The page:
Chad Burlet and Bob Otter became friends when Burlet directed the cash/futures convergence trade for Cargill and Otter executed Cargill’s soybean trades on the floor of the Chicago Board of Trade (CBOT). More than 30 years later, with many stops along the way, that friendship turned into a partnership leading to the creation of Third Street Ag, a commodity trading advisor (CTA), in 2012.
“Fundamental, discretionary, agricultural; those three terms capture it pretty well,” says Burlet, who grew up in Minnesota and began working for Cargill immediately after college. He had numerous positions over nine years for Cargill, ending up as the head of oilseeds trading. From there he went to Goldman Sachs in New York where he helped establish its grain trading business.
After 16 years of proprietary trading for large institutions Burlet decided to trade for himself and moved to Chicago in 1996.
Otter says his story is pure Chicago. He got a job on the CBOT as a runner and became an early employee of brokerage start-up Iowa Grain in the 1970s. He would move up the ladder for Iowa, becoming general manager, while also purchasing a membership and starting a trading career.
Their friendship was part of why Burlet moved to Chicago and is the genesis of their name as they both live on Third Street in the same Chicago suburb.
In 2008 Burlet began trading for a large customer — which is part of the track record of Third Street until the summer of 2012 — utilizing his decades of fundamental knowledge of the grain sector.Since teaming up in August 2012, reducing leverage and applying more vigorous risk management procedures, the program has returned 14.5% with a worst drawdown of 2.05%.
Burlet trades relationships in the grain sector by analyzing thousands of fundamental inputs. “One of the important things to ask every day is what are the most important fundamentals at any given time. What is currently driving the market?” Burlet says. “There are thousands of things that we are monitoring on a regular basis.”
Burlet’s performance in this period was strong but also volatile leading to a 53.53% drawdown in 2010. He dropped 28.41% that year but followed it up with a strong 2011, earning 44.58%.
The two had broached the subject of teaming up before but in 2012, with Bob leaving the floor, the timing seemed right. So they decided to launch a CTA based on Chad’s trading and Bob’s risk management expertise.
“The market analysis has not changed, our trading philosophy has not changed, what has changed is our risk management and our risk appetite,” Burlet says. “If our risk management guidelines had been in existence, 2010 would have been a very profitable year. Things that Bob and I have implemented as partners, with Bob being the chief risk officer, would have taken what ended poorly in 2010 and left us highly profitable.”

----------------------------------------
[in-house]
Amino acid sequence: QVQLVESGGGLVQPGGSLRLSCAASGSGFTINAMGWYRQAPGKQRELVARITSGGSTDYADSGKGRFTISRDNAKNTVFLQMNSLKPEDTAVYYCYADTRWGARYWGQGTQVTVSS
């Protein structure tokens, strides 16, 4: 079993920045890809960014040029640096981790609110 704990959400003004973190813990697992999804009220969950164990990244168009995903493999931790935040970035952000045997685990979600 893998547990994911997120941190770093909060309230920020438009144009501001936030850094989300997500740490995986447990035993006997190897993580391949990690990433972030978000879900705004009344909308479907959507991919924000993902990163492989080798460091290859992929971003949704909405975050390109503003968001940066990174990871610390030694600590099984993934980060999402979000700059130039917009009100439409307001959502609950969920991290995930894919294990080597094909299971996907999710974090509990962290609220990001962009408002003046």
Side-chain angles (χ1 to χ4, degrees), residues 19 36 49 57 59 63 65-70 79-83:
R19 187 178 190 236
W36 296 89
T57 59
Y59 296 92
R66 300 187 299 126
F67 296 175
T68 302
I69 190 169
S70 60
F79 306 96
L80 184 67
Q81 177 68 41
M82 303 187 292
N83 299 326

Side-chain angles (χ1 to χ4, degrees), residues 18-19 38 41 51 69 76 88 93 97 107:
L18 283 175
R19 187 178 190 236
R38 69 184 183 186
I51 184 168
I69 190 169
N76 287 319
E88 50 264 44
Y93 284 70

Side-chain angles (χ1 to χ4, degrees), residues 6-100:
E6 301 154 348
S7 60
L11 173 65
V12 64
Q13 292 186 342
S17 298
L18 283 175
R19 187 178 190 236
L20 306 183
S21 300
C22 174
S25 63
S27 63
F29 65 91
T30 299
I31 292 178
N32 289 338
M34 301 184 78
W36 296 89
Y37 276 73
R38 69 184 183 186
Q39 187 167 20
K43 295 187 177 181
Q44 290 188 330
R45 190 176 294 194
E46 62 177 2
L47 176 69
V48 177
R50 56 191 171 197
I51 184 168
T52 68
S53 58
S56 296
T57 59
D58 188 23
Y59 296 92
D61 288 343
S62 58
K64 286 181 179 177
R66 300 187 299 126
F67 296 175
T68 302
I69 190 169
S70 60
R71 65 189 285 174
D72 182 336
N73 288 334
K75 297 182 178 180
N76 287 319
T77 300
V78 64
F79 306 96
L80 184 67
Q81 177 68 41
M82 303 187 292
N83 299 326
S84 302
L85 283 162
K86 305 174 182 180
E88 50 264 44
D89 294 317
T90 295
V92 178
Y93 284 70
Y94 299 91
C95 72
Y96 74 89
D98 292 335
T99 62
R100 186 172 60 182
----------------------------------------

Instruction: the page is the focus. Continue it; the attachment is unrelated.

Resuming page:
The program trades the grain complex and soybean products. “At times the strength or weakness in the cash grain market might be a dominant feature, at other times cash markets are more neutral so we watch global production, global consumption, trade flows, weather and everything that has to do with both the supply side and the demand side,” Burlet says. “What are animals eating? Which importing countries are buying and what are they buying? Is it wheat? What class of wheat?”
Most of their trades are spreads but theirs is not a spread program per se. They trade spreads, outrights and options. Otter says it is based simply on selecting the right tool.
“If we think there is an opportunity in the futures market, then how best to trade it,” explains Burlet. “Very often for us it is a spread, [like] a calendar spread within corn or soybeans; it might be an inter-commodity spread, corn against wheat, soybeans against corn or it might be an inter-exchange spread, Kansas City [wheat] against Chicago, Minneapolis against Kansas City. Those are some of the tools [we use]once we identify an opportunity through our constant monitoring of the fundamentals.”
He adds, “What we are watching for is price dislocations. Price relationships that are unsustainable over time. When we see those situations occur, they’re going to resolve themselves through a combination of price and time.”
Third Street has a global perspective. They ask, “how does the trade fit into the world economy?” “China is the easiest example because they import 70% of all the soybeans shipped in the world,” Otter says. “Having an awareness of what is going on in the consuming economies is important, and also awareness of what is going on in the various currency markets, especially the South American currencies, because the world soybean trade is priced in dollars. When their currencies change in value, it affects the marketing patterns of producers in South America.”